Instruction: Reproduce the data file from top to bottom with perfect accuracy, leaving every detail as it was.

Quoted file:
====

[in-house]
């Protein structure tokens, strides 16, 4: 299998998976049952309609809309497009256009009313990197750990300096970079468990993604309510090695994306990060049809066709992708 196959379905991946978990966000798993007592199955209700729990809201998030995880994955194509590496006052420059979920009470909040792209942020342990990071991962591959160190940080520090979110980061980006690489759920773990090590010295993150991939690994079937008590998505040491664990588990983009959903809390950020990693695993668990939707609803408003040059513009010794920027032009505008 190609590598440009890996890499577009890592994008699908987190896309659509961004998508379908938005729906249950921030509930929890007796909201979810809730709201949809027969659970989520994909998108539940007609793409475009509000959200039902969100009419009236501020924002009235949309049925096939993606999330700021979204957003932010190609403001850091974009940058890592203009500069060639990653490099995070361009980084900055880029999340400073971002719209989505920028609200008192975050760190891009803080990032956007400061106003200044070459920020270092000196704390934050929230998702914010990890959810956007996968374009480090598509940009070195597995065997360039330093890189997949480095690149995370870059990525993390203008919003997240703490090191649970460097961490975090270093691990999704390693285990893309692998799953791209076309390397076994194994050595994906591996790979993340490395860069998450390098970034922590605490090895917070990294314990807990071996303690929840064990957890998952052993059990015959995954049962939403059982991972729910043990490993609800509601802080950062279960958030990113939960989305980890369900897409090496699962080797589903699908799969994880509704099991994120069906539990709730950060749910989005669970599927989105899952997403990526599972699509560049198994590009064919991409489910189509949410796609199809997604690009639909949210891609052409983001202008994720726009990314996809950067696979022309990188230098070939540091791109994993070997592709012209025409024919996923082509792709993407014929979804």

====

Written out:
[in-house]
């Protein structure tokens, strides 16, 4: 299998998976049952309609809309497009256009009313990197750990300096970079468990993604309510090695994306990060049809066709992708 196959379905991946978990966000798993007592199955209700729990809201998030995880994955194509590496006052420059979920009470909040792209942020342990990071991962591959160190940080520090979110980061980006690489759920773990090590010295993150991939690994079937008590998505040491664990588990983009959903809390950020990693695993668990939707609803408003040059513009010794920027032009505008 190609590598440009890996890499577009890592994008699908987190896309659509961004998508379908938005729906249950921030509930929890007796909201979810809730709201949809027969659970989520994909998108539940007609793409475009509000959200039902969100009419009236501020924002009235949309049925096939993606999330700021979204957003932010190609403001850091974009940058890592203009500069060639990653490099995070361009980084900055880029999340400073971002719209989505920028609200008192975050760190891009803080990032956007400061106003200044070459920020270092000196704390934050929230998702914010990890959810956007996968374009480090598509940009070195597995065997360039330093890189997949480095690149995370870059990525993390203008919003997240703490090191649970460097961490975090270093691990999704390693285990893309692998799953791209076309390397076994194994050595994906591996790979993340490395860069998450390098970034922590605490090895917070990294314990807990071996303690929840064990957890998952052993059990015959995954049962939403059982991972729910043990490993609800509601802080950062279960958030990113939960989305980890369900897409090496699962080797589903699908799969994880509704099991994120069906539990709730950060749910989005669970599927989105899952997403990526599972699509560049198994590009064919991409489910189509949410796609199809997604690009639909949210891609052409983001202008994720726009990314996809950067696979022309990188230098070939540091791109994993070997592709012209025409024919996923082509792709993407014929979804």